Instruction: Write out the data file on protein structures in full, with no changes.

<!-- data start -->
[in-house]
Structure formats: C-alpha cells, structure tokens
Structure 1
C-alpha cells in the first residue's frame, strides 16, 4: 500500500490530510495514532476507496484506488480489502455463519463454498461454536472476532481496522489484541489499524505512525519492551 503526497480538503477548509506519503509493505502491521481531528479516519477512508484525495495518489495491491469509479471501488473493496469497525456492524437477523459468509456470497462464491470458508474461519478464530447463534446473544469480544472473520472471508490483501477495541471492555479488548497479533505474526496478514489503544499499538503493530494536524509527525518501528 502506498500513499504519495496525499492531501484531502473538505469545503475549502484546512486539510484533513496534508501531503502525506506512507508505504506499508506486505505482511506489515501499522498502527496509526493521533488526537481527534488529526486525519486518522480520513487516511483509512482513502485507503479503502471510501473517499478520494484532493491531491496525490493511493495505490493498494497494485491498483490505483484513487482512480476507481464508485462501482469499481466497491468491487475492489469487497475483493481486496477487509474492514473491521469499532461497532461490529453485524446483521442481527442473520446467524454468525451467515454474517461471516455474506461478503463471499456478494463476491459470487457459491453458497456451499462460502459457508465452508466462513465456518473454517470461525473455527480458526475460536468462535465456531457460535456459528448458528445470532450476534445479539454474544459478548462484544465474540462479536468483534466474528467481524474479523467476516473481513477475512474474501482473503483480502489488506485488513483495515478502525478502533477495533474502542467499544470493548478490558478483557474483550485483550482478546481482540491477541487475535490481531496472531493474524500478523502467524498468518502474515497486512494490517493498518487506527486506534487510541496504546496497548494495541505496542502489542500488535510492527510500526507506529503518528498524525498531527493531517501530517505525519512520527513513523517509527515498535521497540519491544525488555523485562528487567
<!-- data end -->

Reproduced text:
[in-house]
Structure formats: C-alpha cells, structure tokens
Structure 1
C-alpha cells in the first residue's frame, strides 16, 4: 500500500490530510495514532476507496484506488480489502455463519463454498461454536472476532481496522489484541489499524505512525519492551 503526497480538503477548509506519503509493505502491521481531528479516519477512508484525495495518489495491491469509479471501488473493496469497525456492524437477523459468509456470497462464491470458508474461519478464530447463534446473544469480544472473520472471508490483501477495541471492555479488548497479533505474526496478514489503544499499538503493530494536524509527525518501528 502506498500513499504519495496525499492531501484531502473538505469545503475549502484546512486539510484533513496534508501531503502525506506512507508505504506499508506486505505482511506489515501499522498502527496509526493521533488526537481527534488529526486525519486518522480520513487516511483509512482513502485507503479503502471510501473517499478520494484532493491531491496525490493511493495505490493498494497494485491498483490505483484513487482512480476507481464508485462501482469499481466497491468491487475492489469487497475483493481486496477487509474492514473491521469499532461497532461490529453485524446483521442481527442473520446467524454468525451467515454474517461471516455474506461478503463471499456478494463476491459470487457459491453458497456451499462460502459457508465452508466462513465456518473454517470461525473455527480458526475460536468462535465456531457460535456459528448458528445470532450476534445479539454474544459478548462484544465474540462479536468483534466474528467481524474479523467476516473481513477475512474474501482473503483480502489488506485488513483495515478502525478502533477495533474502542467499544470493548478490558478483557474483550485483550482478546481482540491477541487475535490481531496472531493474524500478523502467524498468518502474515497486512494490517493498518487506527486506534487510541496504546496497548494495541505496542502489542500488535510492527510500526507506529503518528498524525498531527493531517501530517505525519512520527513513523517509527515498535521497540519491544525488555523485562528487567